Charlotte parents, your kids aren’t a burden to me
As it becomes more common for people to put off or entirely avoid having children, I’ve noticed a growing one-sided animosity directed at those who do.
On one hand, I feel validated and less alone hearing from others like me who aren’t interested in having kids now or possibly ever.
On the other, I’m disappointed that our power in increasing numbers is so casually manifesting as snarky aggression towards kids (and the parents who created them) daring to enter our kid-free bubbles.
Uptown after 10 o’clock on a Friday night is certainly not an appropriate scene for a toddler, but that’s where I landed myself with my 3-year-old niece a few weeks ago.
We’d invited her to come have a sleepover and ended up getting wrapped up running under the waterfalls at Romare Bearden Park, mixing up our own Slurpee with all the flavors at 7-Eleven and eating pizza at Mellow Mushroom — all, arguably, kid-friendly activities.
Before I knew it, we had found ourselves under the Firebird and the gaze of disapproving bar-hopping fellow adults well after her appropriate bedtime.
I get it. I’d raise an eyebrow too if I saw a 3-year-old trying to hail a pedicab at 10:30 p.m. on Tryon.
For me, our Friday night on the town was a harmless one-off exception to the rule so we could have fun in a setting I can certainly agree wasn’t the best choice but wasn’t really hurting anyone either.
To onlookers, I’m sure it was viewed as an irresponsible disruption in an adult-only zone. As a temporary guardian playing the role of “cool aunt” for a night here and there, I can shrug that off.
But for parents who face the same judgmental glares in far less controversial settings at far more appropriate hours with their kids in tow — at the grocery store, in a restaurant or at the airport, for example — I imagine it gets old fast.
Everybody has an opinion about where and when kids should and shouldn’t be allowed places.
When we write on the topic of kids, particularly whether or not kids should be in breweries, we’re met with an onslaught of cringe-worthy aggressive feedback letters from disgruntled adults.
It’s horrifying, really.
“If I see your kid throwing rocks in a public place where adults are trying to relax and enjoy an ADULT beverage, I will throw a rock straight back in his face.”
“I’ll trip your little crumb snatcher if it keeps running into me or running by my table every thirty seconds.”
“If you want to shove crotch fruit out of your hoo-ha, more power to you! But my dog and I will continue to judge the heck out of you when you bring your fresh humans to breweries and allow them to throw rocks at people, dogs, and in water buckets.”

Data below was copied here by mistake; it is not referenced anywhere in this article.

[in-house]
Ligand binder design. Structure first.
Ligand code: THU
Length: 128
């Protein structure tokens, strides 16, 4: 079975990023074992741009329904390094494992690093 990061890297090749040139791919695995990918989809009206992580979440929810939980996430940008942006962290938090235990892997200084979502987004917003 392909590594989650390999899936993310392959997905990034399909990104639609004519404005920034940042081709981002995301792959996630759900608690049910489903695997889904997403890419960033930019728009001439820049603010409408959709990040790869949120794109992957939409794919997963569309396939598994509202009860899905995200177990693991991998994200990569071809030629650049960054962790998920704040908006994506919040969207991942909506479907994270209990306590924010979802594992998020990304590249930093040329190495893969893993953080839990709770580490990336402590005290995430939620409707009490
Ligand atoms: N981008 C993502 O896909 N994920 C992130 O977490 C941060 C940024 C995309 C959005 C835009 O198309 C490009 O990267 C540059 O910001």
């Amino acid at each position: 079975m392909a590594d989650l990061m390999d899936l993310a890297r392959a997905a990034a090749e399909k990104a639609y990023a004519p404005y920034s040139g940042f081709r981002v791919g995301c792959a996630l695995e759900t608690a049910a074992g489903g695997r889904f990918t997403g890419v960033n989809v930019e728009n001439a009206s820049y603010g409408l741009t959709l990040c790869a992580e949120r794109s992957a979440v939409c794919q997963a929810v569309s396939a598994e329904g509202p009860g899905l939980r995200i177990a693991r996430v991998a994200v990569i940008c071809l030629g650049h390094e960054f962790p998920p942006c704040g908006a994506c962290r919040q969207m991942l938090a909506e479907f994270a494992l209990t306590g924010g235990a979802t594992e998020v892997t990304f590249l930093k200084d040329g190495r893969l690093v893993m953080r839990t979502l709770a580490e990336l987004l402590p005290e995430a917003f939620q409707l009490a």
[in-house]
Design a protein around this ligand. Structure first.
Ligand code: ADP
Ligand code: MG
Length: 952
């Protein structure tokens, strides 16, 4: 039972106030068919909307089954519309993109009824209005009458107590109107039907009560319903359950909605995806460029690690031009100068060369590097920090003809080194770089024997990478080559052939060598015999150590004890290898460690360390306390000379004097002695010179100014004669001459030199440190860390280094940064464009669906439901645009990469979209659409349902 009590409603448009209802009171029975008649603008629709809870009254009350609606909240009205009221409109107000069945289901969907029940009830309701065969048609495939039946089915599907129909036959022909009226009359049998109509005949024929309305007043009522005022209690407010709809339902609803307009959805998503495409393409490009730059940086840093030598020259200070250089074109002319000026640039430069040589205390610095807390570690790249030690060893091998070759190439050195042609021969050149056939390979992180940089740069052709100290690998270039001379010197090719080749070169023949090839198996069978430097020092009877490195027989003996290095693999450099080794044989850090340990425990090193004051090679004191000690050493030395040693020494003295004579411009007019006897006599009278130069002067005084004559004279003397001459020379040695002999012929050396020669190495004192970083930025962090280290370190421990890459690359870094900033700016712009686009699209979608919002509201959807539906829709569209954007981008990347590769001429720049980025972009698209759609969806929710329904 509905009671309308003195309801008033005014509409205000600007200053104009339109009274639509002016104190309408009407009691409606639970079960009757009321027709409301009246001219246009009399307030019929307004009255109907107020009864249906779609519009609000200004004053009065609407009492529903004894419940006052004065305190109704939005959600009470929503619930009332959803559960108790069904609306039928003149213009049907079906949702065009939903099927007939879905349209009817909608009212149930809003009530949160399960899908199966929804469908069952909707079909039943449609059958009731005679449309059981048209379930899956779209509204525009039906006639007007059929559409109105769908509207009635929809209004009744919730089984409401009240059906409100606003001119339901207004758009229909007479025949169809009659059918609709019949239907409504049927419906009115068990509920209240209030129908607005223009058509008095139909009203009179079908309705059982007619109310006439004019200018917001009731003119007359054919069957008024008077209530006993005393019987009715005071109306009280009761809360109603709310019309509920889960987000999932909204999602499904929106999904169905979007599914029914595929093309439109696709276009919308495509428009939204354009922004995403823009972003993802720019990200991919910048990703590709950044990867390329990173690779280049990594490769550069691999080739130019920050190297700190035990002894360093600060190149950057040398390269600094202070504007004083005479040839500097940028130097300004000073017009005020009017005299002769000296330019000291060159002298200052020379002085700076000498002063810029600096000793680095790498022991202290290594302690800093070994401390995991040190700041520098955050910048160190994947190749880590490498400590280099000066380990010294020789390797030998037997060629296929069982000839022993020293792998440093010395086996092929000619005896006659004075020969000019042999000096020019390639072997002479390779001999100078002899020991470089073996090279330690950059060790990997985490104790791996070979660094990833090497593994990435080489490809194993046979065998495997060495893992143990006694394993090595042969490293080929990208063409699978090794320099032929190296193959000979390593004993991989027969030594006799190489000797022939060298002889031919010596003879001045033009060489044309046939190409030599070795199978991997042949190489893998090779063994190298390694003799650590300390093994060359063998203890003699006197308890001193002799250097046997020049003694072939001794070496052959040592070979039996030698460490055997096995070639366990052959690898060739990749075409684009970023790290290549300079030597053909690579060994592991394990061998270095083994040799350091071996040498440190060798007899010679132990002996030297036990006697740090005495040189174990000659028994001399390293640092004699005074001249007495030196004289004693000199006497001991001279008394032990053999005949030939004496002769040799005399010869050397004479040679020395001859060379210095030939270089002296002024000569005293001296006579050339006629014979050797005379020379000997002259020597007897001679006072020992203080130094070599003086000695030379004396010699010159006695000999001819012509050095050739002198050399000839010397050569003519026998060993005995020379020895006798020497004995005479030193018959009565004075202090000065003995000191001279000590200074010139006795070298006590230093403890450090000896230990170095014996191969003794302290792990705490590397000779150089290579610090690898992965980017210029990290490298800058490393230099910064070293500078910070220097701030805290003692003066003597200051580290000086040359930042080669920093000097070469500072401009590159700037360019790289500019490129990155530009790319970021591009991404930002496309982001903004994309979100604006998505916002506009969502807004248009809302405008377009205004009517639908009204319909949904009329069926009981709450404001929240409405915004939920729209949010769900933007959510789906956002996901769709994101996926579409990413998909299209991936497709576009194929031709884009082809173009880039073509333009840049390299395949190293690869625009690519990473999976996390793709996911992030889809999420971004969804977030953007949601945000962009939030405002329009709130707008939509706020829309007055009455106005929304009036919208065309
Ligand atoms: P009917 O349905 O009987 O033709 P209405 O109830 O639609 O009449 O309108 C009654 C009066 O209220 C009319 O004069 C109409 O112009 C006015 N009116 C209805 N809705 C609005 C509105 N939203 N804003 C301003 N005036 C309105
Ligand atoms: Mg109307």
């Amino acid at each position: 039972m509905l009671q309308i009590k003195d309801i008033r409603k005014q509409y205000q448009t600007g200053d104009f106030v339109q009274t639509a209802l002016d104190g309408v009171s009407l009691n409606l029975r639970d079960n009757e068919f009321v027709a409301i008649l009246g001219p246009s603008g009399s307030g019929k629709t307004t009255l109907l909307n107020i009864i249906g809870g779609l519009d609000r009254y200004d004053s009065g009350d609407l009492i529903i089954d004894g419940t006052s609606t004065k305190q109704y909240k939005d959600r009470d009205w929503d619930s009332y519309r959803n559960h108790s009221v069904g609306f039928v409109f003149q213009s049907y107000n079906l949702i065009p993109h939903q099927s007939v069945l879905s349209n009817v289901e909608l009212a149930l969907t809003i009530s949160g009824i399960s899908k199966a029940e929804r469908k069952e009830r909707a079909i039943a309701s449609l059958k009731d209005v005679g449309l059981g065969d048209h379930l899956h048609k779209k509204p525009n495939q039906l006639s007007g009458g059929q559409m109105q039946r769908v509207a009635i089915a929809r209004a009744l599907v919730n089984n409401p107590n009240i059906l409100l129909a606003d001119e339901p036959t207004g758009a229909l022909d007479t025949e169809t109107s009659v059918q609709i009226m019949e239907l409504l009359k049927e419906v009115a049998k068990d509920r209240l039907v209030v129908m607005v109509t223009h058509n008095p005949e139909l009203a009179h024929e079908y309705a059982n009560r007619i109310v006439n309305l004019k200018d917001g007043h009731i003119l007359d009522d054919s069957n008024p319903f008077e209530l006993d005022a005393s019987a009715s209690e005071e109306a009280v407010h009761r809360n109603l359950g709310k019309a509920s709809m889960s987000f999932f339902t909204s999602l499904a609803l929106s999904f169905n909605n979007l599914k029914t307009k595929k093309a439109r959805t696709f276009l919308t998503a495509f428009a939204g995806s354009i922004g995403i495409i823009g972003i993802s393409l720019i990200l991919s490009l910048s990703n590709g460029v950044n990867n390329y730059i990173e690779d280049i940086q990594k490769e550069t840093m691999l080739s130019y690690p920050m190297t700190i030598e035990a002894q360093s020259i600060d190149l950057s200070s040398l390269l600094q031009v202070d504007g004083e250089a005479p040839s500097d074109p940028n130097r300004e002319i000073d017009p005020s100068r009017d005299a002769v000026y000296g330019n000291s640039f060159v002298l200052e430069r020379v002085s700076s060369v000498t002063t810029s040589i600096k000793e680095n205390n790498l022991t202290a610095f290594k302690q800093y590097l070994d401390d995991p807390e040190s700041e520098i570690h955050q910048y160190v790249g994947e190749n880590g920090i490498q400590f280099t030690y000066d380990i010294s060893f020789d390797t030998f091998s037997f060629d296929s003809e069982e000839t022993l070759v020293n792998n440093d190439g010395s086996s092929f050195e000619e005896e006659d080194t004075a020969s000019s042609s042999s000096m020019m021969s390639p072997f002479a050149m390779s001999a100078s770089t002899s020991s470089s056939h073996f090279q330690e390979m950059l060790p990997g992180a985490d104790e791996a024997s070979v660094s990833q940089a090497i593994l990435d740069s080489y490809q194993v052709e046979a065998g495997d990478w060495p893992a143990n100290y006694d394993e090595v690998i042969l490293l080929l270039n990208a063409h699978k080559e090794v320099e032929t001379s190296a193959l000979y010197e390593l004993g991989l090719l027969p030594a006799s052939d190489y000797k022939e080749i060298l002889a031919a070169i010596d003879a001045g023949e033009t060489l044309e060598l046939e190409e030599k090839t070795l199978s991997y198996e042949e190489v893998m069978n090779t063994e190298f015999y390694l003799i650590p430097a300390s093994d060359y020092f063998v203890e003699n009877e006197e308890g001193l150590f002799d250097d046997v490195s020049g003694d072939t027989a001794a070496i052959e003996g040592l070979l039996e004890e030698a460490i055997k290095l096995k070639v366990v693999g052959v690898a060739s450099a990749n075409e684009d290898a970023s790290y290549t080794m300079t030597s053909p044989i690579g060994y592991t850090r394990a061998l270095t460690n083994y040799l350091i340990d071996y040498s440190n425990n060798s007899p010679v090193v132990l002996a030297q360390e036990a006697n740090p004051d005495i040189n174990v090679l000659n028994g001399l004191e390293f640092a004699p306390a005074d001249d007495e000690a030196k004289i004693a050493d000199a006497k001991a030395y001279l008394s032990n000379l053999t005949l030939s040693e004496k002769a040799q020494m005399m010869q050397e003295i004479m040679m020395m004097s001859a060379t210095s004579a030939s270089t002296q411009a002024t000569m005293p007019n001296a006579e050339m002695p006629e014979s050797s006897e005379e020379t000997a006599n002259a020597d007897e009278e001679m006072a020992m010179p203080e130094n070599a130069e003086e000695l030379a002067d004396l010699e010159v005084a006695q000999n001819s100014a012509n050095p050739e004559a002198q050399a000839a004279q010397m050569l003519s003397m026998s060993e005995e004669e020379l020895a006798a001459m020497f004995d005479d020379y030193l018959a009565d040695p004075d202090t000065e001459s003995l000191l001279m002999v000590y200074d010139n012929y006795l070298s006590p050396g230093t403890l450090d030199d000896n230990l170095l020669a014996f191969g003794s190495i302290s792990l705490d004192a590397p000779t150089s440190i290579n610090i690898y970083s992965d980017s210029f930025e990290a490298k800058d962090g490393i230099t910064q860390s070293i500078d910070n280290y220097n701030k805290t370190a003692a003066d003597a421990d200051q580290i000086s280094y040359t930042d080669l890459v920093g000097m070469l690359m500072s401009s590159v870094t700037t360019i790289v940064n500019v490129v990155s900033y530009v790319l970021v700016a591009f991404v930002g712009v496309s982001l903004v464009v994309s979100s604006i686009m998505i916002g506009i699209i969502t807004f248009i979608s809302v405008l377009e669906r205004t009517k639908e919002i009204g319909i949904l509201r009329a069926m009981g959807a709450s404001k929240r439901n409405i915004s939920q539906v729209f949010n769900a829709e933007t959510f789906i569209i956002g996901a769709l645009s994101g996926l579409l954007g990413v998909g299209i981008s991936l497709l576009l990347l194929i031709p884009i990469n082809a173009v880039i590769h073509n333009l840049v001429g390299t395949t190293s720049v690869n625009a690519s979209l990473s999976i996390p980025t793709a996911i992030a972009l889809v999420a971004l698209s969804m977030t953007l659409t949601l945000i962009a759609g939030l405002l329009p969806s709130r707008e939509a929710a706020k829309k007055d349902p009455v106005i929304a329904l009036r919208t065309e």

Sidestepping the debate itself (I don’t have kids or hang out in breweries so it’s a wash for me), it’s the immature entitled rage in these responses that I find so frustrating and, frankly, embarrassing.
Personally, I prefer hanging out with kids over adults any day and am thrilled when a rogue one shows up in an adult setting, as they’re an excellent distraction from forced small talk.
I also know that they can, at times, be an absolute nightmare to be around. They’re unpredictable and exhausting and tough to reason with. It’s part of why I don’t have any of my own.
But here’s the thing — kids are going to do kid things and they’re going to do them unpredictably and at inopportune times. Some of those things are cute and entertaining and some of those things are maddening. The cool thing about being an adult is you possess the emotional maturity to let it go if you so choose, especially if it’s something as insignificant as picking up rocks or approaching your table.
And you should. Because the only thing worse than a kid throwing a temper tantrum is a grown adult throwing a reciprocal tantrum over a kid’s presence.
So grow up.
Pockets of Charlotte’s social scene seem to struggle to emotionally mature out of college — a time when everyone was roughly the same age, on the same schedule and moving through the same major milestones.
Out here, everyone is moving in different directions and that can be jarring for some.
So while you might view a local business as a frat house where you can puke in the bushes without some menacing two-year-old giving you the side eye, someone in a different life phase who is equally as entitled to the space as you are might see it as a family-friendly place for an afternoon food truck picnic.
They shouldn’t be attacked for that decision any more than you should be attacked for acting like a fifth-year senior on a post-finals bender.
My husband and I know we aren’t ready for kids right now.
After dropping my niece off after our sleepover, we had The Kid Talk one more time and agreed that NOPE, it’s definitely still not for us. But our not wanting kids doesn’t mean we don’t like them or that your having them is a burden to us.
I hate when I can feel parents’ stress and embarrassment when they’re trying to tiptoe around other adults while they’re out just existing with their kids. And I hate that the Mailbag responses we published make it sound like you and your family are unwelcome anywhere.
So I’ll say this: You’re not in my way and, although not everyone agrees, your kids really don’t bother me.
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